Quick Start

From QuTiP version 4.6 onwards, you should be able to get a working version of QuTiP with the standard

pip install qutip

It is not recommended to install any packages directly into the system Python environment; consider using pip or conda virtual environments to keep your operating system space clean, and to have more control over Python and other package versions.

You do not need to worry about the details on the rest of this page unless this command did not work, but do also read the next section for the list of optional dependencies. The rest of this page covers installation directly from conda, installation from source, and additional considerations when working on Windows.

General Requirements

QuTiP depends on several open-source libraries for scientific computing in the Python programming language. The following packages are currently required:






3.6+ for version 4.7


1.22+ <2.0

1.16+ for version 4.7



1.0+ for version 4.7

In addition, there are several optional packages that provide additional functionality:






Needed for all visualisation tasks.

cython setuptools filelock


Needed for compiling some time-dependent Hamiltonians. Cython needs a working C++ compiler.



Needed to calculate diamond norms.

pytest, pytest-rerunfailures


For running the test suite.


TeXLive 2009+

Needed if using LaTeX in matplotlib figures, or for nice circuit drawings in IPython.

loky, mpi4py

Extra parallel map back-ends.


Extra progress bars back-end.

In addition, there are several additional packages that are not dependencies, but may give you a better programming experience. IPython provides an improved text-based Python interpreter that is far more full-featured that the default interpreter, and runs in a terminal. If you prefer a more graphical set-up, Jupyter provides a notebook-style interface to mix code and mathematical notes together. Alternatively, Spyder is a free integrated development environment for Python, with several nice features for debugging code. QuTiP will detect if it is being used within one of these richer environments, and various outputs will have enhanced formatting.

Installing with conda

If you already have your conda environment set up, and have the conda-forge channel available, then you can install QuTiP using:

conda install qutip

This will install the minimum set of dependences, but none of the optional packages.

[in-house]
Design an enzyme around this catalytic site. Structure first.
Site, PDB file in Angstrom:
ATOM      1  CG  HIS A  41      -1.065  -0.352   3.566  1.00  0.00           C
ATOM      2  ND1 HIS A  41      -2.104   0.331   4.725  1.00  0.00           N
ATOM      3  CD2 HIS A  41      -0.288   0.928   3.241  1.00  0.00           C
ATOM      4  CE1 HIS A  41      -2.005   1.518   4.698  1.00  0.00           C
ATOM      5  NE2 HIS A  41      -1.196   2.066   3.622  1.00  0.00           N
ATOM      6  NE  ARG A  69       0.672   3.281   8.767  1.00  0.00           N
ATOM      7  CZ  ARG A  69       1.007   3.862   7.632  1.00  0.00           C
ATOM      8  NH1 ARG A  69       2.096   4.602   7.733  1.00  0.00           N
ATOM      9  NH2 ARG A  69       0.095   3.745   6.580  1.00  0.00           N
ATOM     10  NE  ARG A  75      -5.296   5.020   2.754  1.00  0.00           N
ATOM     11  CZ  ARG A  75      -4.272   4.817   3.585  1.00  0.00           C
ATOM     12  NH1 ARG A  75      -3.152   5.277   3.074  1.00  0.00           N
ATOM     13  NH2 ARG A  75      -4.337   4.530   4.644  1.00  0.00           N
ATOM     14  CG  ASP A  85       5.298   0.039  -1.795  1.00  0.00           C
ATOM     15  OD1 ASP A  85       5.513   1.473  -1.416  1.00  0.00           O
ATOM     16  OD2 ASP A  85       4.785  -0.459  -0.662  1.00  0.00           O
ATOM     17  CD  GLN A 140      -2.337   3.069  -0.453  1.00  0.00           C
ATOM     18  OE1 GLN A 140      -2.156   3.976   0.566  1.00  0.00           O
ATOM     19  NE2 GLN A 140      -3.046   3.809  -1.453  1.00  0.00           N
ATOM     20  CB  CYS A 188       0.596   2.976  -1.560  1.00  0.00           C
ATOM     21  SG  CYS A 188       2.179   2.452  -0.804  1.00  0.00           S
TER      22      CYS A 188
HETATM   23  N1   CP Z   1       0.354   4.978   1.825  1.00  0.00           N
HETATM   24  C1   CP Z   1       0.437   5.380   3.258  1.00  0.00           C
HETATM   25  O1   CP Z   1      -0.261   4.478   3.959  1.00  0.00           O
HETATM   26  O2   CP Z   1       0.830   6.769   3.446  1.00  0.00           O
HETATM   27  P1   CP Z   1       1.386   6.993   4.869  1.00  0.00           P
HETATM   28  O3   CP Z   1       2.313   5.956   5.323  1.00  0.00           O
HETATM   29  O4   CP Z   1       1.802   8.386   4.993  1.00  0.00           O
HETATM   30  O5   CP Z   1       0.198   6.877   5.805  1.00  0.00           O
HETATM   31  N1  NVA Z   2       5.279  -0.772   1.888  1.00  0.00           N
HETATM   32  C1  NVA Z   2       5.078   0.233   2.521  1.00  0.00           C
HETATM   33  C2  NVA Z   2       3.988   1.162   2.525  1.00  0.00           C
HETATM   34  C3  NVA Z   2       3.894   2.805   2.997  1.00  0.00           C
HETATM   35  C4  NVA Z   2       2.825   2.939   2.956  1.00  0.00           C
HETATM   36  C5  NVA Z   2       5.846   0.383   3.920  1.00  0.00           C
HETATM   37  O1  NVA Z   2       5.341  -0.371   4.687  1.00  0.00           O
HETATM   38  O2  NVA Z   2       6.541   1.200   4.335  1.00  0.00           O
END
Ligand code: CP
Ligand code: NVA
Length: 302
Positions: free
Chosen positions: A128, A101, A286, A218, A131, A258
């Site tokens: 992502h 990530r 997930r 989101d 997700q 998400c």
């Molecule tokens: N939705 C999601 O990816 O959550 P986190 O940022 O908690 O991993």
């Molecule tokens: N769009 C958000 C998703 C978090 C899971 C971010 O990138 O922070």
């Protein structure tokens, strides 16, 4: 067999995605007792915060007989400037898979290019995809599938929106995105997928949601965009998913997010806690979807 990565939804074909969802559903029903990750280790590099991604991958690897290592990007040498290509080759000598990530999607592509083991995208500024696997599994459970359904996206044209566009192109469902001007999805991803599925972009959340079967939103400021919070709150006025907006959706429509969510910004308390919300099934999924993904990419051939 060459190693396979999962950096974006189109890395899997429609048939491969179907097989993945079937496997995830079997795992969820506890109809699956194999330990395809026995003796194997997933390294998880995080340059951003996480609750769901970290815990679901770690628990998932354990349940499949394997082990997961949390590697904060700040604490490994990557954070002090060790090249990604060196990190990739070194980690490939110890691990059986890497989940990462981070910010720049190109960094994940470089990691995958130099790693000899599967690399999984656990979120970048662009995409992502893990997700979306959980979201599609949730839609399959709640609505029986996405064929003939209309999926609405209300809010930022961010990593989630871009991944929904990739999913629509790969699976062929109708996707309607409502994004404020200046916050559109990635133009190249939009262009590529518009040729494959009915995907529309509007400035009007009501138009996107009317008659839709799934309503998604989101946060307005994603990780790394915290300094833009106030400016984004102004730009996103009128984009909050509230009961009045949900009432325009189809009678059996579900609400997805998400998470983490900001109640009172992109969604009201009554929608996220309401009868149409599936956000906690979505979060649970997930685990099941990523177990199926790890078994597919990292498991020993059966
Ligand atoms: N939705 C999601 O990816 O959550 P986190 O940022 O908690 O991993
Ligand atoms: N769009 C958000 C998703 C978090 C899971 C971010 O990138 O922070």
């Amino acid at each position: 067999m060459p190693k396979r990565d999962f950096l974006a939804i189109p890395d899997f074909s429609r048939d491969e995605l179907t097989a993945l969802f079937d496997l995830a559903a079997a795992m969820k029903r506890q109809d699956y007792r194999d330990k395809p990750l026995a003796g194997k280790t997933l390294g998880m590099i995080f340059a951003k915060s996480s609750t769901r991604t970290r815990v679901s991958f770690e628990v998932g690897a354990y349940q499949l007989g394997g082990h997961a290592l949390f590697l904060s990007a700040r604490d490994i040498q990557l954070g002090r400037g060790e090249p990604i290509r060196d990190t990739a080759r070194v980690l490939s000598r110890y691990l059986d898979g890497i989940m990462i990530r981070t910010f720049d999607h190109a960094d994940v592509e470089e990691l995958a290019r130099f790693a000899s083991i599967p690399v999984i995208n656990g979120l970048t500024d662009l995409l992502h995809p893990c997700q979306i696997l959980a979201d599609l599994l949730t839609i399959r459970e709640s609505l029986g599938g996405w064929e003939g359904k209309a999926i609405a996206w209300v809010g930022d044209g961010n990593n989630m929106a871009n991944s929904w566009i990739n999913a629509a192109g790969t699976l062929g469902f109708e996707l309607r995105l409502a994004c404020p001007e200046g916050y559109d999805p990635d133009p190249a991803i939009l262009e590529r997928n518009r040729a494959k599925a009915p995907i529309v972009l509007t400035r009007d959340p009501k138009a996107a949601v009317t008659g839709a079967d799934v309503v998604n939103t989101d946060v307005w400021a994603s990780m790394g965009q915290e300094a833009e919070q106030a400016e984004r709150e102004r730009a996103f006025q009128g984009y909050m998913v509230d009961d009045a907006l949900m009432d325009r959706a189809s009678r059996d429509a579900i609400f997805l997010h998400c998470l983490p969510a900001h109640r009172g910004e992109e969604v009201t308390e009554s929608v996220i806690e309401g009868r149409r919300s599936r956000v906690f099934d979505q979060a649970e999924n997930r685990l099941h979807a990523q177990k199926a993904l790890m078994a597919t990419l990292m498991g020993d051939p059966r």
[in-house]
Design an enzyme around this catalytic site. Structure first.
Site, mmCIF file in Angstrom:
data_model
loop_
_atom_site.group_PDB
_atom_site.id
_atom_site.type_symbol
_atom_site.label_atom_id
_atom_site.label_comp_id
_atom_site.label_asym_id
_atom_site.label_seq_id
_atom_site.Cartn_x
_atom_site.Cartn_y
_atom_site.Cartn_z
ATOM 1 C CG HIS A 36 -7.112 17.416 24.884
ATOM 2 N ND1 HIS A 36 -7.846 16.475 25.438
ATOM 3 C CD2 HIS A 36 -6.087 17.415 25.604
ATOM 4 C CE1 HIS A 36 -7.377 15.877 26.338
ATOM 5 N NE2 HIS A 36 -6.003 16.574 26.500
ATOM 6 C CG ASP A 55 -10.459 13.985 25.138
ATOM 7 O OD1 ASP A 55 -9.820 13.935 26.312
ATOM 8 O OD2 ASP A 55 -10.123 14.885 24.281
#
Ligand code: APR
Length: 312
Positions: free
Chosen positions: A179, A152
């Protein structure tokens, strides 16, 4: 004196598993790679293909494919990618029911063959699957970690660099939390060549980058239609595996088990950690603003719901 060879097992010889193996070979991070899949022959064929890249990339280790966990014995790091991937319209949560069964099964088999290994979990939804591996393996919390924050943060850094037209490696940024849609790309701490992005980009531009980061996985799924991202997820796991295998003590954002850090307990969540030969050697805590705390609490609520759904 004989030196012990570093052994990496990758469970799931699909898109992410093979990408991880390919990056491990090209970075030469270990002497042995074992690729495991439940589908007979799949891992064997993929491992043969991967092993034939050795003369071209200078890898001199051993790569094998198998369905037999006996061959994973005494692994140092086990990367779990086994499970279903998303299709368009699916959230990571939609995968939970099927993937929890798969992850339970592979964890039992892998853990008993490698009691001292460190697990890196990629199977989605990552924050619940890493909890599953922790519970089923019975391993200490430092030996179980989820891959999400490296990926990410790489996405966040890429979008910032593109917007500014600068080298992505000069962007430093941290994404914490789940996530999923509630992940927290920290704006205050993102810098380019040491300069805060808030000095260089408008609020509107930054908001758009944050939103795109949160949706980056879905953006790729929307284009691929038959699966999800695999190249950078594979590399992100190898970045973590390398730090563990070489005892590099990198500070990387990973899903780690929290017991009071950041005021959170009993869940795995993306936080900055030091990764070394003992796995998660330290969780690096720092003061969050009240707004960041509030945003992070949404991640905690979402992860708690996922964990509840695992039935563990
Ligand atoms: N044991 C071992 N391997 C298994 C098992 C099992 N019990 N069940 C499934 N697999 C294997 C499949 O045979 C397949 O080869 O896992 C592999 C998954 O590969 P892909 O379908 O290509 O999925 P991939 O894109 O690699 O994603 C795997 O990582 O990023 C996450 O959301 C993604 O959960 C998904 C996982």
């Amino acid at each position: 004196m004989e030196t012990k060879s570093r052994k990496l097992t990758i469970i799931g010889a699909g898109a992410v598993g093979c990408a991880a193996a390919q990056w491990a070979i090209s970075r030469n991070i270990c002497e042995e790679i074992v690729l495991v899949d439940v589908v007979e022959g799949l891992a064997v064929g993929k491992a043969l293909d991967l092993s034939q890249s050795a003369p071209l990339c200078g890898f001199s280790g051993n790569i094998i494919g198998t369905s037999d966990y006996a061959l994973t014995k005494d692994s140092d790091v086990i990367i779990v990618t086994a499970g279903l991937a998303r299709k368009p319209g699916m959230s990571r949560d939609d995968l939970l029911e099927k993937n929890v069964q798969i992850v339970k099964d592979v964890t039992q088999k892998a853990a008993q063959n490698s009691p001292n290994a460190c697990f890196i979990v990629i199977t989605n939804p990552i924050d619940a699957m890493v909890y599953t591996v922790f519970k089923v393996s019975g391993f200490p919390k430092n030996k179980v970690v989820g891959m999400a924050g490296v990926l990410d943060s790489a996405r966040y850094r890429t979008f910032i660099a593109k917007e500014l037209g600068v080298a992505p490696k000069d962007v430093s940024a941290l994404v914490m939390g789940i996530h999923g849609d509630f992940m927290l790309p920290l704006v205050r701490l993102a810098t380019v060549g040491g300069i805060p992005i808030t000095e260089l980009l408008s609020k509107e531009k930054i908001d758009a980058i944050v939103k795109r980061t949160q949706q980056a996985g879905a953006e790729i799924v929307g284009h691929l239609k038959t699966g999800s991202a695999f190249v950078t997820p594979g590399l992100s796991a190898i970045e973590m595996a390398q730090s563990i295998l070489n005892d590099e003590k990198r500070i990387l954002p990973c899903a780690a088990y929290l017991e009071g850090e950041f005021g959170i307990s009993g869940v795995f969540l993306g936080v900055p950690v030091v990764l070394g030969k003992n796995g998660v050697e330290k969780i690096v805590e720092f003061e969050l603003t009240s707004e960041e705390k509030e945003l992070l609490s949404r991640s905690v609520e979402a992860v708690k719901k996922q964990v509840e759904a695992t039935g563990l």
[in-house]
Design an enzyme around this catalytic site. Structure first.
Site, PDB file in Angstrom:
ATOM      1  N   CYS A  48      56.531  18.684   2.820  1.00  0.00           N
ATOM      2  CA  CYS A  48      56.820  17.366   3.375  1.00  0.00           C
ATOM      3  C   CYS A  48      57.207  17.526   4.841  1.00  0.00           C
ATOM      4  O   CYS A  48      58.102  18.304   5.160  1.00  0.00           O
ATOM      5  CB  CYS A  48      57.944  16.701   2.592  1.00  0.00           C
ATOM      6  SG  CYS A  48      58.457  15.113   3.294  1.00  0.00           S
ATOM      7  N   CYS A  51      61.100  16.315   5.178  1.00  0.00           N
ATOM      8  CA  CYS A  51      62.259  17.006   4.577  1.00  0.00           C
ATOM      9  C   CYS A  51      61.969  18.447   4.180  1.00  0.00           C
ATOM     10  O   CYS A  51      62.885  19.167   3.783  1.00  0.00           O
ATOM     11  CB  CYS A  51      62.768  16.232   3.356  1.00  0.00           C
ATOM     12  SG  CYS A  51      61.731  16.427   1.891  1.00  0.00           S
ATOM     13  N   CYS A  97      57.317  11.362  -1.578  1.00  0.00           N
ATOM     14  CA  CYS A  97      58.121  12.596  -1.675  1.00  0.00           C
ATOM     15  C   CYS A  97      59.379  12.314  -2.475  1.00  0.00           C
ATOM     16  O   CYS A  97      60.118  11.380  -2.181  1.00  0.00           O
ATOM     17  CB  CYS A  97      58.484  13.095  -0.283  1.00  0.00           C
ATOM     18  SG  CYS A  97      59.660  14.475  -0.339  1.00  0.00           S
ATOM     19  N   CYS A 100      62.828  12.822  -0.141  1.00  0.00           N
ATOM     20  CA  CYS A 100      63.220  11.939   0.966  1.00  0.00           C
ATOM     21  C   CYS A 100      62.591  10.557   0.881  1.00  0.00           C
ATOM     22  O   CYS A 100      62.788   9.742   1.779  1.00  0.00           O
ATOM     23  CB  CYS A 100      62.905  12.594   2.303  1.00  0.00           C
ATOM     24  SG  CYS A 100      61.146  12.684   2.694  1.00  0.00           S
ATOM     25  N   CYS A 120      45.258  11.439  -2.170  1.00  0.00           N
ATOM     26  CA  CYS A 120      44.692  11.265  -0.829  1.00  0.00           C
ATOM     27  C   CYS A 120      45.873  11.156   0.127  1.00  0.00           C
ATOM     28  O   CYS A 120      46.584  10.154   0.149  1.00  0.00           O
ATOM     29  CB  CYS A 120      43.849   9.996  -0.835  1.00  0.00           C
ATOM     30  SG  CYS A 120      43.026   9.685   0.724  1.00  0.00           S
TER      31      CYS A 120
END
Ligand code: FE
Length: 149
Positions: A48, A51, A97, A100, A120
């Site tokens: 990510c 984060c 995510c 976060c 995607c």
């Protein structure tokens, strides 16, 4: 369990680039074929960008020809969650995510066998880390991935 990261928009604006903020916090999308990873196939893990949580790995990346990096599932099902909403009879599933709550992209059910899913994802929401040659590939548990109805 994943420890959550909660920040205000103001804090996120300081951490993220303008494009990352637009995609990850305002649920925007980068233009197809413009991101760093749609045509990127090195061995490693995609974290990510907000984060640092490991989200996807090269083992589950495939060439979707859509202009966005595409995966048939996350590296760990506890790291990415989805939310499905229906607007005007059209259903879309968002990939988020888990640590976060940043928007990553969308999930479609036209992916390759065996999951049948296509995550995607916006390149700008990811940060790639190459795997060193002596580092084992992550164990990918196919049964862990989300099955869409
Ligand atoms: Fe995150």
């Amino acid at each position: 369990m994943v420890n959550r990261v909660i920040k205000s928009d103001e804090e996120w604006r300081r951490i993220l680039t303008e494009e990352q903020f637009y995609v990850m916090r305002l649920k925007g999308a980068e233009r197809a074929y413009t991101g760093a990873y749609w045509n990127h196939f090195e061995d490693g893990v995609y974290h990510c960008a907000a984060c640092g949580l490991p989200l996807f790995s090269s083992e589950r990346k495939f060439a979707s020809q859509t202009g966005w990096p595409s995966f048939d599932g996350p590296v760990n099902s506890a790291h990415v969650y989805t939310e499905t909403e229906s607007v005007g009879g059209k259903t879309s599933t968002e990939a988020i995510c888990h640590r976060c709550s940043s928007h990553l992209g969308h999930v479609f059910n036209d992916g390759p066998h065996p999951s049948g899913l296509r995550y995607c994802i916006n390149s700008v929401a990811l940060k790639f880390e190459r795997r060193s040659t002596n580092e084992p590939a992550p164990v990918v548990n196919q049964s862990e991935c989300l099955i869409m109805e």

Adding the conda-forge channel

To install QuTiP from conda, you will need to add the conda-forge channel. The following command adds this channel with lowest priority, so conda will still try and install all other packages normally:

conda config --append channels conda-forge

If you want to change the order of your channels later, you can edit your .condarc (user home folder) file manually, but it is recommended to keep defaults as the highest priority.

New conda environments

The default Anaconda environment has all the Python packages needed for running QuTiP installed already, so you will only need to add the conda-forge channel and then install the package. If you have only installed Miniconda, or you want a completely clean virtual environment to install QuTiP in, the conda package manager provides a convenient way to do this.

To create a conda environment for QuTiP called qutip-env:

conda create -n qutip-env python qutip

This will automatically install all the necessary packages, and none of the optional packages. You activate the new environment by running

conda activate qutip-env

You can also install any more optional packages you want with conda install, for example matplotlib, ipython or jupyter.

Installing from Source

Official releases of QuTiP are available from the download section on the project’s web pages, and the latest source code is available in our GitHub repository. In general we recommend users to use the latest stable release of QuTiP, but if you are interested in helping us out with development or wish to submit bug fixes, then use the latest development version from the GitHub repository.

You can install from source by using the Python-recommended PEP 517 procedure, or if you want more control or to have a development version, you can use the low-level build procedure with setuptools.

PEP 517 Source Builds

The easiest way to build QuTiP from source is to use a PEP-517-compatible builder such as the build package available on pip. These will automatically install all build dependencies for you, and the pip installation step afterwards will install the minimum runtime dependencies. You can do this by doing (for example)